Eight­fold divid­ed is my Nature—thus: earth, water, fire and air, space, mind and also soul—and the ego. This is the low­er: but oth­er than this I have a high­er Nature; this too must you know. [And this is Nature] devel­oped into life by which this world is kept in being. (Bha­gavad Gita 7:4–5)

He iden­ti­fies him­self with the mate­r­i­al world but also with a high­er form of exis­tence which “devel­oped into life.” This expres­sion means the total­i­ty of con­scious mat­ter that sus­tains the whole world because each indi­vid­ual, con­scious self is a “part” of god as expressed in 15:7:

A part of Me in the liv­ing world, eter­nal, becomes a live­ly soul, attract­ing to itself the mind and sens­es, Nature mak­ing whole. (Bha­gavad Gita 15:7)10

Fur­ther exam­pla­to­ry vers­es are in chap­ter 7:

I am Flavour in the water, in moon and sun I am the Light, sacred Word in all the Vedas, Sound in space and manhood’s Might. I am Fra­grance in the earth, the Flames that in the fire appear, I am Life in every being, Asceti­cism (means: to renounce phys­i­cal plea­sures for reli­gious rea­sons) in men aus­tere (means: strict and seri­ous). (Bha­gavad Gita 7:8–9)11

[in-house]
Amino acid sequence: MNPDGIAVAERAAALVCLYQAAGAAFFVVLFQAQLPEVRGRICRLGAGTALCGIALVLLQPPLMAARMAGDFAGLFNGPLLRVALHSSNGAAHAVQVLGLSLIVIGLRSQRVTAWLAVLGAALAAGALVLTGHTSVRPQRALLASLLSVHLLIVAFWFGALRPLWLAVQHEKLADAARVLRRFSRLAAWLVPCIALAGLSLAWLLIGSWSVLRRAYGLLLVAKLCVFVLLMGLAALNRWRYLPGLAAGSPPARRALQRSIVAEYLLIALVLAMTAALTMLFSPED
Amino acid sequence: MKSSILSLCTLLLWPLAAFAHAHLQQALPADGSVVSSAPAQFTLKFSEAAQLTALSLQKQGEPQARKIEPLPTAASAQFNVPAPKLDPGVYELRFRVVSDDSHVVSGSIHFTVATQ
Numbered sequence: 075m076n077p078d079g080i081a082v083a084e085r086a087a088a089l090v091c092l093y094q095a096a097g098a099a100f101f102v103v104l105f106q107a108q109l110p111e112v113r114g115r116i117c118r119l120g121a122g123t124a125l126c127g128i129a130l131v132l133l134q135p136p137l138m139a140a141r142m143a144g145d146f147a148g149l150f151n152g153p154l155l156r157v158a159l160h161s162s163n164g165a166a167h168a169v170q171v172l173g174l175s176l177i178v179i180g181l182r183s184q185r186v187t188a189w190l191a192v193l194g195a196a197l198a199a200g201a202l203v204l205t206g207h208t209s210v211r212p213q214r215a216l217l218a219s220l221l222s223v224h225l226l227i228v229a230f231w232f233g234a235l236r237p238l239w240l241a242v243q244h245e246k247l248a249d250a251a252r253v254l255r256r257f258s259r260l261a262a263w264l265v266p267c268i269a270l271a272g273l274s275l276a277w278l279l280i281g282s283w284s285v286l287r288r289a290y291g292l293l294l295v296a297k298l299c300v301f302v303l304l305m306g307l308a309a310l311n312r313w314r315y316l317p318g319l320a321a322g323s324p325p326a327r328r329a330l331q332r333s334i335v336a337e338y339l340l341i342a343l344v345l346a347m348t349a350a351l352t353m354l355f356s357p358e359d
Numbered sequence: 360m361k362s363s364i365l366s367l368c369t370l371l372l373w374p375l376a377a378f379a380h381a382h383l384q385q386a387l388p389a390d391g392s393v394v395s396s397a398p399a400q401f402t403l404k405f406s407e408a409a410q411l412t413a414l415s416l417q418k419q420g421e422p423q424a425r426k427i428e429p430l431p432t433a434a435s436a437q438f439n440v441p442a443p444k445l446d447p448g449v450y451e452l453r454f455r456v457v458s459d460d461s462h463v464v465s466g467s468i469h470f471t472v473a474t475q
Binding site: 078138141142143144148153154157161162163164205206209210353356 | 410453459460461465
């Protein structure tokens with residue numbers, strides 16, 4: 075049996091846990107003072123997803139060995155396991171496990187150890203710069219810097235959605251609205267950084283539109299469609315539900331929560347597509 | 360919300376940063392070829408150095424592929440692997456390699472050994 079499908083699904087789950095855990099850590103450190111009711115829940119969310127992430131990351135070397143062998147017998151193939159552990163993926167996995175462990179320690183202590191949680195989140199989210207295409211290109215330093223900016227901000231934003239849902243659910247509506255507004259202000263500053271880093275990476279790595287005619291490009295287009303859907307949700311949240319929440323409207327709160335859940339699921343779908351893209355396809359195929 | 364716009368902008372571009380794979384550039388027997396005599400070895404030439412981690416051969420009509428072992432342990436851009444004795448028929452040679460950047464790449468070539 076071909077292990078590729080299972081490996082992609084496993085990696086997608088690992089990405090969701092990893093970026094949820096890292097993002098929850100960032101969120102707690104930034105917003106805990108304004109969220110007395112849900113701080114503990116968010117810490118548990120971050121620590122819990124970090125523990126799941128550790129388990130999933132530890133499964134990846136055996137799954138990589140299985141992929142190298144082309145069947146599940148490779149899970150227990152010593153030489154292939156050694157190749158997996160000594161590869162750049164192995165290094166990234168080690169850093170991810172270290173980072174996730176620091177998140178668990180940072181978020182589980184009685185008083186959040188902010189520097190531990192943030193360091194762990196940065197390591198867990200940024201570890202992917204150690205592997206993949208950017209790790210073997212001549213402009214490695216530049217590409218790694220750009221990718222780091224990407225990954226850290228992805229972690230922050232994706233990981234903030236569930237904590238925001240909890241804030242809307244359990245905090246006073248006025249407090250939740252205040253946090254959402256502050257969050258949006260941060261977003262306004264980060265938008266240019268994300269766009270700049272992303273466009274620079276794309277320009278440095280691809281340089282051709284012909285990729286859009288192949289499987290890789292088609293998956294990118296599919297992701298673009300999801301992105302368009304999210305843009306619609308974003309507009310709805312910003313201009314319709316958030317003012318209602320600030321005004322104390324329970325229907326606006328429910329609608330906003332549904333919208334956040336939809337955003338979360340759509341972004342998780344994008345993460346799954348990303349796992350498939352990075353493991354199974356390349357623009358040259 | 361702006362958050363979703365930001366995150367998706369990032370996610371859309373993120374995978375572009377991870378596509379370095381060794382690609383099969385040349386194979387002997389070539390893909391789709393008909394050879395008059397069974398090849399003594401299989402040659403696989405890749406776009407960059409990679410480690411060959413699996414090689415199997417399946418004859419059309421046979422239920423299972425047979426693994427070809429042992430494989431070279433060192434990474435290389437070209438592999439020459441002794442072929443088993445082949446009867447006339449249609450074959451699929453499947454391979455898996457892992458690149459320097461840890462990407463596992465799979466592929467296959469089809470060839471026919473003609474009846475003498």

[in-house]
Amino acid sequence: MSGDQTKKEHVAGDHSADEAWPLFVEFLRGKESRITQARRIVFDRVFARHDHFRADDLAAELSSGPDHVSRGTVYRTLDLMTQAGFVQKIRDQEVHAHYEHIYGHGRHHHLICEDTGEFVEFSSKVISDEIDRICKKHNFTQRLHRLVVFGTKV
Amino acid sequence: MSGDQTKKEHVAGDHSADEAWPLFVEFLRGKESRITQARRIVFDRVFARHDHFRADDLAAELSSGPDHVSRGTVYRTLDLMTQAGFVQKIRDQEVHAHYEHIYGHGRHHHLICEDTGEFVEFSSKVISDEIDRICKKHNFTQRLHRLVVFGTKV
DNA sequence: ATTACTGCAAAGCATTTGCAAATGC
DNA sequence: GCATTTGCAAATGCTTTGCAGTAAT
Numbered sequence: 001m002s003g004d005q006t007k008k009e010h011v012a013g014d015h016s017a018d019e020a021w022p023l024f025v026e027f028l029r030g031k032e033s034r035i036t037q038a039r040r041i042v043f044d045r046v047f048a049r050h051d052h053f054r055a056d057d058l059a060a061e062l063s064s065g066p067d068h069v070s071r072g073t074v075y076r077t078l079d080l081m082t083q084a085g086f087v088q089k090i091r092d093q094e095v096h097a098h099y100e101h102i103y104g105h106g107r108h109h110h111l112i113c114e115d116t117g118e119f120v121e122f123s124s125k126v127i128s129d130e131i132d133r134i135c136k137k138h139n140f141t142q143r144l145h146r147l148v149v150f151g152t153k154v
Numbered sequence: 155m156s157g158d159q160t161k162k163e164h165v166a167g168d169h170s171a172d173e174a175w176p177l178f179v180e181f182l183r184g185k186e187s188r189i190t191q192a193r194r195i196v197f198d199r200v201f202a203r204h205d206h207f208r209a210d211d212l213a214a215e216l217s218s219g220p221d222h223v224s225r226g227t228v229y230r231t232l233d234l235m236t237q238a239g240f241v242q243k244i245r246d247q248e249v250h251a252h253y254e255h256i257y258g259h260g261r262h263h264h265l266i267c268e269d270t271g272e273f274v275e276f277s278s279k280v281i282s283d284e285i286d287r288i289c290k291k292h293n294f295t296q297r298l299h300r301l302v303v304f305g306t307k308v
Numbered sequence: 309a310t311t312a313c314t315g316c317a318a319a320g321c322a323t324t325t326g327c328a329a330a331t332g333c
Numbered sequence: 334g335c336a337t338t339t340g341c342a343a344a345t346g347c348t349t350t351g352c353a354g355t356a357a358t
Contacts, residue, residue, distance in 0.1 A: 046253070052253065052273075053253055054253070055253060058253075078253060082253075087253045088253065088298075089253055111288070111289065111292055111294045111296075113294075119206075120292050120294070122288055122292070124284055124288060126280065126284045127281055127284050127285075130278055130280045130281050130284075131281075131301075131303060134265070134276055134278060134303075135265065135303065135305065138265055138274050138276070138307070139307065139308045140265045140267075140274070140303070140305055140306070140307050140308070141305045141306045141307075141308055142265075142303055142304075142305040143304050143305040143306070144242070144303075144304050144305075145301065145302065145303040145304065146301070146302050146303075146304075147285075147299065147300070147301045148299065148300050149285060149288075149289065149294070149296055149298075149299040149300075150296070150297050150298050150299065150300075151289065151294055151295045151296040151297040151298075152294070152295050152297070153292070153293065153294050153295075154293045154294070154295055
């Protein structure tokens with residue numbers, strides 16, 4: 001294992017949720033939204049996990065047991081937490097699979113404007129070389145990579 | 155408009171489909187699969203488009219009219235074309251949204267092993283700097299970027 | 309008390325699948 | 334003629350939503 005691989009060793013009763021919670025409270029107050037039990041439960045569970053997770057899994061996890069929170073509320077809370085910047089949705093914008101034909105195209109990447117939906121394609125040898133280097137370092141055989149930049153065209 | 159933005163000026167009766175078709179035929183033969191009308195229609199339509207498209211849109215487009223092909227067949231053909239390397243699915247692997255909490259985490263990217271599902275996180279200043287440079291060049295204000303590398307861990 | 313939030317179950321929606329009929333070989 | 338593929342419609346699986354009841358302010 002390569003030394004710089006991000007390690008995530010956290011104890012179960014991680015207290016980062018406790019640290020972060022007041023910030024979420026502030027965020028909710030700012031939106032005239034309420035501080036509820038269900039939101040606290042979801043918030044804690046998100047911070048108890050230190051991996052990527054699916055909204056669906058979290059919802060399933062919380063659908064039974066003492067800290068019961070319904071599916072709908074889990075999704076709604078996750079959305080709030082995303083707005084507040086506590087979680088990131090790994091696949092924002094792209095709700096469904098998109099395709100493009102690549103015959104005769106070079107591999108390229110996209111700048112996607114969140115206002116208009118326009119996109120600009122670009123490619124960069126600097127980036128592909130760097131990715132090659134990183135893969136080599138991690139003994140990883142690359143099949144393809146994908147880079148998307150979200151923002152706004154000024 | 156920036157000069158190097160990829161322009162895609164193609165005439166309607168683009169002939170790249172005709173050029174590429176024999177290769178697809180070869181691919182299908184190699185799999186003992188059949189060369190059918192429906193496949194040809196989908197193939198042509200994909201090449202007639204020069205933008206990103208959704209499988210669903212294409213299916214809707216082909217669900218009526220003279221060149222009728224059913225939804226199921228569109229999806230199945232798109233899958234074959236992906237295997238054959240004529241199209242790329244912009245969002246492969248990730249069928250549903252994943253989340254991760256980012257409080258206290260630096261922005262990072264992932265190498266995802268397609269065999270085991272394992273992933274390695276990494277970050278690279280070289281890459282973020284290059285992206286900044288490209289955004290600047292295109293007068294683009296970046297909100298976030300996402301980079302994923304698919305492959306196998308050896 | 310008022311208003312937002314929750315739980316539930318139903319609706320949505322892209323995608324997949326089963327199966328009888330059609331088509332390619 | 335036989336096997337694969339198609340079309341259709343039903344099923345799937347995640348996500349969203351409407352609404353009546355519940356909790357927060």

As men­tioned already above the Gita uses Bud­dhist terms and thoughts say­ing that yoga as a spir­i­tu­al exer­cise has its goal in the “unlink­ing of the link with suf­fer­ing-and-pain” (Bha­gavad Gita 6:23). For a Bud­dhist it is the high­est joy if the self becomes Nir­vana. How­ev­er, they do not speak about God as a dis­tinct being or absolute enti­ty12 as the Gita does. The Gita then includes also a monis­tic13 point of view in the teach­ings of Krish­na. A monist who iden­ti­fies the human indi­vid­ual soul with the ground of the whole uni­verse can find his view pre­sent­ed in chap­ter 6 for exam­ple.

With self inte­grat­ed by spir­i­tu­al exer­cise he sees the self in all beings stand­ing, all beings in the self: the same in every­thing he sees. Who sees Me every­where, who sees the All in Me, for him I am not lost, nor is he lost to Me. (Bha­gavad Gita 6:29–30)

The lat­ter part of verse 30 seems to allude to an indi­vid­ual exis­tence in eter­ni­ty in con­trast to the idea of the self being dis­solved in the uni­ver­sal soul like a drop of water in the sea. The the­is­tic con­cep­tion becomes more and more vis­i­ble in the lat­er chap­ters. Krishna’s sov­er­eign­ty over Brah­man can be seen also in chap­ter 14:

For I am the base sup­port­ing Brahman,—immortal [Brah­man] which knows no change,—[supporting] too the eter­nal law of right­eous­ness and absolute beat­i­tude. (Bha­gavad Gita 14:27)